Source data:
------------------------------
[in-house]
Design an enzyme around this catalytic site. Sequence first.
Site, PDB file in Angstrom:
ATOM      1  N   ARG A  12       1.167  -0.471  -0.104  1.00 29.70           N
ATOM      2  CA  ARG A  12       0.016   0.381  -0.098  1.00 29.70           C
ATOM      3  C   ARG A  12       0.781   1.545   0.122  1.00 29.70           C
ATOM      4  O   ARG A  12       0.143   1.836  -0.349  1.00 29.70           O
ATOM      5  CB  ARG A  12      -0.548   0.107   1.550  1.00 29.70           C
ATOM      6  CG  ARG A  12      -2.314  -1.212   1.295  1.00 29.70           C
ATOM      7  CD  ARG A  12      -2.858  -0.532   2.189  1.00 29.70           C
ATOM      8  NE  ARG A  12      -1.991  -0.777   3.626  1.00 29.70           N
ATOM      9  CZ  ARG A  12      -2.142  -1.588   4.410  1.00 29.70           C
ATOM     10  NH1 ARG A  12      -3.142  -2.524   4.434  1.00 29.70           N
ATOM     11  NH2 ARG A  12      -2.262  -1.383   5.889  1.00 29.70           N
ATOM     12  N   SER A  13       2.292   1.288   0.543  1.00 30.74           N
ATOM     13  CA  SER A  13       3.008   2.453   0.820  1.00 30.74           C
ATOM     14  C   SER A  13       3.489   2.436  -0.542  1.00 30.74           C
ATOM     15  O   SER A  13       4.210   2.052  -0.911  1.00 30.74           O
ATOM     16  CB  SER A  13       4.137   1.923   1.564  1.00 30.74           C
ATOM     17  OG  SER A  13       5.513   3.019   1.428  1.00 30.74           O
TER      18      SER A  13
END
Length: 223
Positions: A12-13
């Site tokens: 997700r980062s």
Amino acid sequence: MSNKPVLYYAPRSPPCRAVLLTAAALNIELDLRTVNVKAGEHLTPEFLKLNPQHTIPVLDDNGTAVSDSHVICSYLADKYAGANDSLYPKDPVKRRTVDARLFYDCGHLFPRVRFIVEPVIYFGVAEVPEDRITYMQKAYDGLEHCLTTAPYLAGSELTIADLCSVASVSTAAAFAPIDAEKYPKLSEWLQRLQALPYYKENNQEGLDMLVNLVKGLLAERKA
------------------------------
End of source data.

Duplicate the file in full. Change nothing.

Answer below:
[in-house]
Design an enzyme around this catalytic site. Sequence first.
Site, PDB file in Angstrom:
ATOM      1  N   ARG A  12       1.167  -0.471  -0.104  1.00 29.70           N
ATOM      2  CA  ARG A  12       0.016   0.381  -0.098  1.00 29.70           C
ATOM      3  C   ARG A  12       0.781   1.545   0.122  1.00 29.70           C
ATOM      4  O   ARG A  12       0.143   1.836  -0.349  1.00 29.70           O
ATOM      5  CB  ARG A  12      -0.548   0.107   1.550  1.00 29.70           C
ATOM      6  CG  ARG A  12      -2.314  -1.212   1.295  1.00 29.70           C
ATOM      7  CD  ARG A  12      -2.858  -0.532   2.189  1.00 29.70           C
ATOM      8  NE  ARG A  12      -1.991  -0.777   3.626  1.00 29.70           N
ATOM      9  CZ  ARG A  12      -2.142  -1.588   4.410  1.00 29.70           C
ATOM     10  NH1 ARG A  12      -3.142  -2.524   4.434  1.00 29.70           N
ATOM     11  NH2 ARG A  12      -2.262  -1.383   5.889  1.00 29.70           N
ATOM     12  N   SER A  13       2.292   1.288   0.543  1.00 30.74           N
ATOM     13  CA  SER A  13       3.008   2.453   0.820  1.00 30.74           C
ATOM     14  C   SER A  13       3.489   2.436  -0.542  1.00 30.74           C
ATOM     15  O   SER A  13       4.210   2.052  -0.911  1.00 30.74           O
ATOM     16  CB  SER A  13       4.137   1.923   1.564  1.00 30.74           C
ATOM     17  OG  SER A  13       5.513   3.019   1.428  1.00 30.74           O
TER      18      SER A  13
END
Length: 223
Positions: A12-13
């Site tokens: 997700r980062s």
Amino acid sequence: MSNKPVLYYAPRSPPCRAVLLTAAALNIELDLRTVNVKAGEHLTPEFLKLNPQHTIPVLDDNGTAVSDSHVICSYLADKYAGANDSLYPKDPVKRRTVDARLFYDCGHLFPRVRFIVEPVIYFGVAEVPEDRITYMQKAYDGLEHCLTTAPYLAGSELTIADLCSVASVSTAAAFAPIDAEKYPKLSEWLQRLQALPYYKENNQEGLDMLVNLVKGLLAERKA